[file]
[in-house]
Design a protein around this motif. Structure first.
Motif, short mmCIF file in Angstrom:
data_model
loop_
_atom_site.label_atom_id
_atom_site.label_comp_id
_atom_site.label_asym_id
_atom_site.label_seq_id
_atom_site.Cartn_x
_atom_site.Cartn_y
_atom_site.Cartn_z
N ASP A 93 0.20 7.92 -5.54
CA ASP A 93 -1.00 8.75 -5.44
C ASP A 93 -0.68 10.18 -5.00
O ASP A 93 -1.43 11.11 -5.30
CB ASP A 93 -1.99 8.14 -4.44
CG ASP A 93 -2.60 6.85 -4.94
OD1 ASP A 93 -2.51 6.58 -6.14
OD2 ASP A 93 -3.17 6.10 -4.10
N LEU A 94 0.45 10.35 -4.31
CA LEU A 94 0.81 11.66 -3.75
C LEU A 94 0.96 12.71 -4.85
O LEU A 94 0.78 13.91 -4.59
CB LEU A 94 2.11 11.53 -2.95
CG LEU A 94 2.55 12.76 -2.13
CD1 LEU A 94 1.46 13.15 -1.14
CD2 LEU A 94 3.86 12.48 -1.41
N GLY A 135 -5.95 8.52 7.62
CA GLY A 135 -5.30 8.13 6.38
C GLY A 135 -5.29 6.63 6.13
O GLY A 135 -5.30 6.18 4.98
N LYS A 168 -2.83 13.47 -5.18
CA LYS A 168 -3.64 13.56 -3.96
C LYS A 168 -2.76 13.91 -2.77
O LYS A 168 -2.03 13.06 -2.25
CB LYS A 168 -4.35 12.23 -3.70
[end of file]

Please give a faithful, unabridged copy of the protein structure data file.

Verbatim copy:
[in-house]
Design a protein around this motif. Structure first.
Motif, short mmCIF file in Angstrom:
data_model
loop_
_atom_site.label_atom_id
_atom_site.label_comp_id
_atom_site.label_asym_id
_atom_site.label_seq_id
_atom_site.Cartn_x
_atom_site.Cartn_y
_atom_site.Cartn_z
N ASP A 93 0.20 7.92 -5.54
CA ASP A 93 -1.00 8.75 -5.44
C ASP A 93 -0.68 10.18 -5.00
O ASP A 93 -1.43 11.11 -5.30
CB ASP A 93 -1.99 8.14 -4.44
CG ASP A 93 -2.60 6.85 -4.94
OD1 ASP A 93 -2.51 6.58 -6.14
OD2 ASP A 93 -3.17 6.10 -4.10
N LEU A 94 0.45 10.35 -4.31
CA LEU A 94 0.81 11.66 -3.75
C LEU A 94 0.96 12.71 -4.85
O LEU A 94 0.78 13.91 -4.59
CB LEU A 94 2.11 11.53 -2.95
CG LEU A 94 2.55 12.76 -2.13
CD1 LEU A 94 1.46 13.15 -1.14
CD2 LEU A 94 3.86 12.48 -1.41
N GLY A 135 -5.95 8.52 7.62
CA GLY A 135 -5.30 8.13 6.38
C GLY A 135 -5.29 6.63 6.13
O GLY A 135 -5.30 6.18 4.98
N LYS A 168 -2.83 13.47 -5.18
CA LYS A 168 -3.64 13.56 -3.96
C LYS A 168 -2.76 13.91 -2.77
O LYS A 168 -2.03 13.06 -2.25
CB LYS A 168 -4.35 12.23 -3.70